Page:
They're both what astronomers call rocky planets as opposed to gas giants like Jupiter, and CoRoT-7b actually circles another star, some 500 light-years from us. Telescopes found the world back in February and density measurements confirmed it's a solid world instead of a ball of hot gas (insert your favorite politician joke here).
Solidity may be the only thing we have in common with CoRoT-7b, though. As the story mentions, it's only 1.6 million miles from its star, 23 times closer than Mercury is to our sun. At that distance, it's become tidally locked. This means the gravity of its star has affected the planet's rotational speed so that it matches up with its oribital speed in such a way that only one side faces its sun. Our moon, for reference, is tidally locked with the Earth.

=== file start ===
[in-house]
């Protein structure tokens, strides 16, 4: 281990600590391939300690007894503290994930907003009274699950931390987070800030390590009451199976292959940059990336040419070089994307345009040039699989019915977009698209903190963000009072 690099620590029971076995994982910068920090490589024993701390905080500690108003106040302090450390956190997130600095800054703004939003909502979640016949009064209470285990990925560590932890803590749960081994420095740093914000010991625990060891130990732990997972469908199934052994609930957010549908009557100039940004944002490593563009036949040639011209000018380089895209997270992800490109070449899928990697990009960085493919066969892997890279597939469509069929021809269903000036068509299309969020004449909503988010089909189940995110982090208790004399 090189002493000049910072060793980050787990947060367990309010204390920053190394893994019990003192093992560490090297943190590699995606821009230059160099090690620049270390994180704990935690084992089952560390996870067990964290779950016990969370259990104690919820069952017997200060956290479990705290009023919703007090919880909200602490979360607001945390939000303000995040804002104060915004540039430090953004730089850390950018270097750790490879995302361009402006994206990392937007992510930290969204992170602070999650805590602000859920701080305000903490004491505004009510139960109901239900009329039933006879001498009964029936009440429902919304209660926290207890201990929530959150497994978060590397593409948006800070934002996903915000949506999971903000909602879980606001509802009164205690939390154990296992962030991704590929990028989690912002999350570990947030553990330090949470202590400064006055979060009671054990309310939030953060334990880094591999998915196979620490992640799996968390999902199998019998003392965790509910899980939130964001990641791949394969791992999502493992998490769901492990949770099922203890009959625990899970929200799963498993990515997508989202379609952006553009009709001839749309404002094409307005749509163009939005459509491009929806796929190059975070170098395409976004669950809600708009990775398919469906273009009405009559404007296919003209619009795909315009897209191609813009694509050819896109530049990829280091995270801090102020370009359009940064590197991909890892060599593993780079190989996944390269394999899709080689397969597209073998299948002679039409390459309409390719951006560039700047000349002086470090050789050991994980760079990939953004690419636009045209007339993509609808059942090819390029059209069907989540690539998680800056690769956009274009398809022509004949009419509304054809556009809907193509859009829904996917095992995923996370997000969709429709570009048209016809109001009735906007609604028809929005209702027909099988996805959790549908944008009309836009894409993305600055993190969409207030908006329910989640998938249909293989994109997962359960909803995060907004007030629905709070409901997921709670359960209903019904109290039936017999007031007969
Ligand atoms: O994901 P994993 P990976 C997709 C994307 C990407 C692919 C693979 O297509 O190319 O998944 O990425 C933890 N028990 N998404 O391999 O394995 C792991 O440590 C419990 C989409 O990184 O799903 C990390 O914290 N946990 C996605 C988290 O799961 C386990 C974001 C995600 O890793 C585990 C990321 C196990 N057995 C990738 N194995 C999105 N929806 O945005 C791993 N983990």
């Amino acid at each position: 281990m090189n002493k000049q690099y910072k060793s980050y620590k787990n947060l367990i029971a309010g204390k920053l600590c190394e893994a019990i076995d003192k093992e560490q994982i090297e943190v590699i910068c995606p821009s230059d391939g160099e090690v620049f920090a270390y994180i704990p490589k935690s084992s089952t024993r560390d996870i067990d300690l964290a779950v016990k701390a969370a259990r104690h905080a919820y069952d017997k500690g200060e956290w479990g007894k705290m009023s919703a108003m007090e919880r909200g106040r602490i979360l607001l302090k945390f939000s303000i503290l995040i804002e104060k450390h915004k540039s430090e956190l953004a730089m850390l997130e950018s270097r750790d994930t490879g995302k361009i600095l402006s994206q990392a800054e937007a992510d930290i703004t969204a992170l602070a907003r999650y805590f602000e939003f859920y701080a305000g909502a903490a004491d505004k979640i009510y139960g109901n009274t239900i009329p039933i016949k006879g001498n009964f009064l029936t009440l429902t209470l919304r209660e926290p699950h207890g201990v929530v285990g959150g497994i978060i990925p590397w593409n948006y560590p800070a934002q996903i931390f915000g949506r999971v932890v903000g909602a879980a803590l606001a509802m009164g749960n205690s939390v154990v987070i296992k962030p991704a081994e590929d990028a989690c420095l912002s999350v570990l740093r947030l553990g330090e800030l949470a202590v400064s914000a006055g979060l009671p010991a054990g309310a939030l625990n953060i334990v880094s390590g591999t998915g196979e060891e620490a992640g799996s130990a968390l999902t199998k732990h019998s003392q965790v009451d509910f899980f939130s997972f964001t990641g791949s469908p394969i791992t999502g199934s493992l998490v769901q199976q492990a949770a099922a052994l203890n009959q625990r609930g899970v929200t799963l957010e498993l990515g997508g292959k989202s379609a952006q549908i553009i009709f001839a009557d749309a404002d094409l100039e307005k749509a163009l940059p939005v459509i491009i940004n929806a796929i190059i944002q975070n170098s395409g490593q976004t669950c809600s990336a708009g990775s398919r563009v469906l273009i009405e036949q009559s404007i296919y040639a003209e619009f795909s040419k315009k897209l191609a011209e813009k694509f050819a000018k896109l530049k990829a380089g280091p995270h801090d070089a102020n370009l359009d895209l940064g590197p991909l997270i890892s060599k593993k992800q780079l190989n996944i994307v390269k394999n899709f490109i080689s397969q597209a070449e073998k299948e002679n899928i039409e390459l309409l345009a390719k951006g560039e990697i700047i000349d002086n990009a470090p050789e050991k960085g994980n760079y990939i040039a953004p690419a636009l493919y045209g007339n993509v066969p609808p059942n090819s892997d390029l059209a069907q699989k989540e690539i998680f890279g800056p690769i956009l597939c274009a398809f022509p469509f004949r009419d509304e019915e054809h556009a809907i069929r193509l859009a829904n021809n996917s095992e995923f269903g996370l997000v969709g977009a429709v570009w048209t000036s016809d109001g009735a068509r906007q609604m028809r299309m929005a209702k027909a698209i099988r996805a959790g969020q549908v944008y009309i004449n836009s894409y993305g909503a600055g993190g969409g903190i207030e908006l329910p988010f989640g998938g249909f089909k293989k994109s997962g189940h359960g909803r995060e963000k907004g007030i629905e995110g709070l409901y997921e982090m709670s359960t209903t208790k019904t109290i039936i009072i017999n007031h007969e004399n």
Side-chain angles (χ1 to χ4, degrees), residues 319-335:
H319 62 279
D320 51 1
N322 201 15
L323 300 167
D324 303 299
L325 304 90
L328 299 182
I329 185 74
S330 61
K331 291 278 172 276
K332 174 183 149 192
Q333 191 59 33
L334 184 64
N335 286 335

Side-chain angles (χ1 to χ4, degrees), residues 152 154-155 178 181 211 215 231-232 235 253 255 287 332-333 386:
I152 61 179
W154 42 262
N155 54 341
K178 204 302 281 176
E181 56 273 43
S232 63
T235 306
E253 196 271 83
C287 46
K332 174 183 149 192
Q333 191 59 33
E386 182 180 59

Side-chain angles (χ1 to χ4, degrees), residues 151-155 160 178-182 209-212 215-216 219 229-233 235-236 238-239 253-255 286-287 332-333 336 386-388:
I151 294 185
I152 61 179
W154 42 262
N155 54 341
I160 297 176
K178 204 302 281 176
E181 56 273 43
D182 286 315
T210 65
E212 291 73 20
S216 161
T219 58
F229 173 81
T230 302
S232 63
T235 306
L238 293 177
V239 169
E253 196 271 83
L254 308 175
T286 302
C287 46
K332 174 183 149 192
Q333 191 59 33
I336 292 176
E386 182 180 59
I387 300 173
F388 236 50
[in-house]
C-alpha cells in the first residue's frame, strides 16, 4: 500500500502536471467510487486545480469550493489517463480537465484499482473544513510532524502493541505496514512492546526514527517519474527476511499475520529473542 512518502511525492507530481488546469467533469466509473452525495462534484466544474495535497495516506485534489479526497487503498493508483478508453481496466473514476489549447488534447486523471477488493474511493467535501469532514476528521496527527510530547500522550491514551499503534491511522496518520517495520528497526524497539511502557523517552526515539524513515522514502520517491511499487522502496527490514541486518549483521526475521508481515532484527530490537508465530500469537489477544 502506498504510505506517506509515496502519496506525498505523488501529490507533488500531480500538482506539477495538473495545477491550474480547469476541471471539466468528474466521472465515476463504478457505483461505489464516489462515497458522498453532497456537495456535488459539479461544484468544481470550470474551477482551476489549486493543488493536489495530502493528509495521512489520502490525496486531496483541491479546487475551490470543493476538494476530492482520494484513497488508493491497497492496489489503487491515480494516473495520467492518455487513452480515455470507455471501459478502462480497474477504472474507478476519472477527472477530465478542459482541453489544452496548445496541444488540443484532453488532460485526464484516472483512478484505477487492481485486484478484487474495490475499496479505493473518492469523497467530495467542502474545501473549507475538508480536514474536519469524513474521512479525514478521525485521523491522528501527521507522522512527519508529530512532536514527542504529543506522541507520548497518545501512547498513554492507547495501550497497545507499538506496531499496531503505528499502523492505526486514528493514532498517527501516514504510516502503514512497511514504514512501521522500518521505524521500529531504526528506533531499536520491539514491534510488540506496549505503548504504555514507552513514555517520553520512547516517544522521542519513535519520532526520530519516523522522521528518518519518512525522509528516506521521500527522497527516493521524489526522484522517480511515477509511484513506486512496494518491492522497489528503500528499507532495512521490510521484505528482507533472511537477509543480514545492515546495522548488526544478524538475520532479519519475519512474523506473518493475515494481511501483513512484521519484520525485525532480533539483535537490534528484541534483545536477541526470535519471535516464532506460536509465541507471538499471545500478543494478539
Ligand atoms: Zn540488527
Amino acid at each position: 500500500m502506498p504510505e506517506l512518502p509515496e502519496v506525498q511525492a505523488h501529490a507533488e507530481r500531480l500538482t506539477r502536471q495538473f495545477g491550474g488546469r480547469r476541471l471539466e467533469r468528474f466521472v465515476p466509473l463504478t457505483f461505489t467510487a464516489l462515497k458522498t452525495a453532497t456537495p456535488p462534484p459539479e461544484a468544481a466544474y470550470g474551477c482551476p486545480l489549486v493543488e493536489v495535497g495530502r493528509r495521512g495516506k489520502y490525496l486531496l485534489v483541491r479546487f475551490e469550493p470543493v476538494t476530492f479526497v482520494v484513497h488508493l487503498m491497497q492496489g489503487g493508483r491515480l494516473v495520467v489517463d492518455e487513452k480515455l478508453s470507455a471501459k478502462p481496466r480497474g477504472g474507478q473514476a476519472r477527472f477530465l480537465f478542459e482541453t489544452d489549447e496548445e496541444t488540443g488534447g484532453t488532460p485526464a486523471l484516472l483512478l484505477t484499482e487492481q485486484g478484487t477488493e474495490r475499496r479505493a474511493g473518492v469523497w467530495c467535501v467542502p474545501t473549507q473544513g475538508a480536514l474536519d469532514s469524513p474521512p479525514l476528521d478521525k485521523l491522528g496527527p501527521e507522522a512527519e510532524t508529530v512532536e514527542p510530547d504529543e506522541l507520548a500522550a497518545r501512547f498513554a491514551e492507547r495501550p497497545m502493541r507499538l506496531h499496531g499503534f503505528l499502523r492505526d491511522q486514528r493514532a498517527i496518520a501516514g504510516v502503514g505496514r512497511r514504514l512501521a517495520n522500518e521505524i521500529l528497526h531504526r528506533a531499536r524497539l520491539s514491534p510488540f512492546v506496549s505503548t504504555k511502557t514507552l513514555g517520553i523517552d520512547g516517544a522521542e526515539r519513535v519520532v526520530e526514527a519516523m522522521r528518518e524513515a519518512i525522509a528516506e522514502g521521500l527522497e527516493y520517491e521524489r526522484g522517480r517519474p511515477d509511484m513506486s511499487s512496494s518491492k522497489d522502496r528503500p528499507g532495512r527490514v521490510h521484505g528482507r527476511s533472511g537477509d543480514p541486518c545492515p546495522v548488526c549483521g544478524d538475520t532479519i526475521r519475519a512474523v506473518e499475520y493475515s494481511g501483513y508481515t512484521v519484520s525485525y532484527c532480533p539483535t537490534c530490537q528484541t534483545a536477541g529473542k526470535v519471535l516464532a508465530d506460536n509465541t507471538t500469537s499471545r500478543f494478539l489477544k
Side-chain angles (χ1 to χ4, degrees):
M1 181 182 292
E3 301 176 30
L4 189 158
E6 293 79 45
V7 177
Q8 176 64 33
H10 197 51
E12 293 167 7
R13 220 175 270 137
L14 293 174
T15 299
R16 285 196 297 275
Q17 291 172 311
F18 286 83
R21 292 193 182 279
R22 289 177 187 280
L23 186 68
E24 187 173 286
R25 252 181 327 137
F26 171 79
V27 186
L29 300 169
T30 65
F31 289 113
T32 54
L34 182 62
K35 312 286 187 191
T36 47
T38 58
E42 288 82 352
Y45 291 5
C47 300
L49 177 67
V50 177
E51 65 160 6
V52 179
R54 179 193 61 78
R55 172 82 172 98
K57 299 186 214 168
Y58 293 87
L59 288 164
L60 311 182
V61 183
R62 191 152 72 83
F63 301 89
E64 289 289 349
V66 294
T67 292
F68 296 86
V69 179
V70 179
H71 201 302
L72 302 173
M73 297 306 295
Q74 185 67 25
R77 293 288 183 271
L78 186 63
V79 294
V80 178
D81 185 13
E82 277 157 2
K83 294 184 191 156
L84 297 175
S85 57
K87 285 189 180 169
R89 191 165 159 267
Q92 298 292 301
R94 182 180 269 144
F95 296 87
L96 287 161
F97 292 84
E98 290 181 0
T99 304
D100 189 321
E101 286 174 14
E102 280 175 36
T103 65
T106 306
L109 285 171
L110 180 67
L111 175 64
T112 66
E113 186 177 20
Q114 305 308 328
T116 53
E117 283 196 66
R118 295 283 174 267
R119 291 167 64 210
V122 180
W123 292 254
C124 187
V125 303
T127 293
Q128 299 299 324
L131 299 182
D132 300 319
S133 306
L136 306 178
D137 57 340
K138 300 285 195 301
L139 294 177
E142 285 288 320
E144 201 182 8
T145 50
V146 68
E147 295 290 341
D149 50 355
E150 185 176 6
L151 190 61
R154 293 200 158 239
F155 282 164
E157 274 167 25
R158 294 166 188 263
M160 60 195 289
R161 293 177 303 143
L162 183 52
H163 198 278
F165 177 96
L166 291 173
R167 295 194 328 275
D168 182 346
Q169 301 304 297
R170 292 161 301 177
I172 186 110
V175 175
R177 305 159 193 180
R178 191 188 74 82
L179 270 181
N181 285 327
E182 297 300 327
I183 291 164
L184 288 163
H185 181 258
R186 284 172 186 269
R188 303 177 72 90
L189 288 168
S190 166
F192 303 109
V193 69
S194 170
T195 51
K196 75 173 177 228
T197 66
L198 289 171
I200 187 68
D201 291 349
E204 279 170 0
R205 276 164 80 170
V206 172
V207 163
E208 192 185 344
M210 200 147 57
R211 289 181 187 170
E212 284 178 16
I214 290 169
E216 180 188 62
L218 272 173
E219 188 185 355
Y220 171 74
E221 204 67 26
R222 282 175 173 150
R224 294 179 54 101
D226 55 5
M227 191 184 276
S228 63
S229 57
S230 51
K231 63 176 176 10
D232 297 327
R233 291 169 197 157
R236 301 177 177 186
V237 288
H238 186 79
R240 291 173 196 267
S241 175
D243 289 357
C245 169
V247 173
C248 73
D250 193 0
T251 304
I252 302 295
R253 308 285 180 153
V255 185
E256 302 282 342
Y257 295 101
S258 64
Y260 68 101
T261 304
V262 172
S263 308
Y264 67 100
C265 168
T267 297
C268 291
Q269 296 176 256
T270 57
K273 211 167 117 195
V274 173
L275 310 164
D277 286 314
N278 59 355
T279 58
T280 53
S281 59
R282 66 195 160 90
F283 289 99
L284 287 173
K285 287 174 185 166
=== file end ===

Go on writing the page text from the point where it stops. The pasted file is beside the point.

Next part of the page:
Since one side always faces a sun that's pretty much just across the street in terms of astronomical distances, that side is probably hot enough to be molten. All you entrepreneurs might want to start stocking up on sunscreen to sell to the CoRoT-7b-ians. The other side, even though it's also very close to the sun, is probably very very cold, since it never gets any sunlight at all. Other entrepreneurs might consider naming a new insulation product after CoRoT-7b. Which actually kind of sounds like some sort of chemical already.
CoRoT-7b isn't the planet closest to its sun -- that honor belongs to a world called SWEEPS-10, which is so close and moves so fast that its year is only 10 hours long. That's barely one-thousandth as long as our year -- if we talked to someone who lived there and complained about a meeting that felt like it went on for weeks, they would shrug and wonder what the problem was.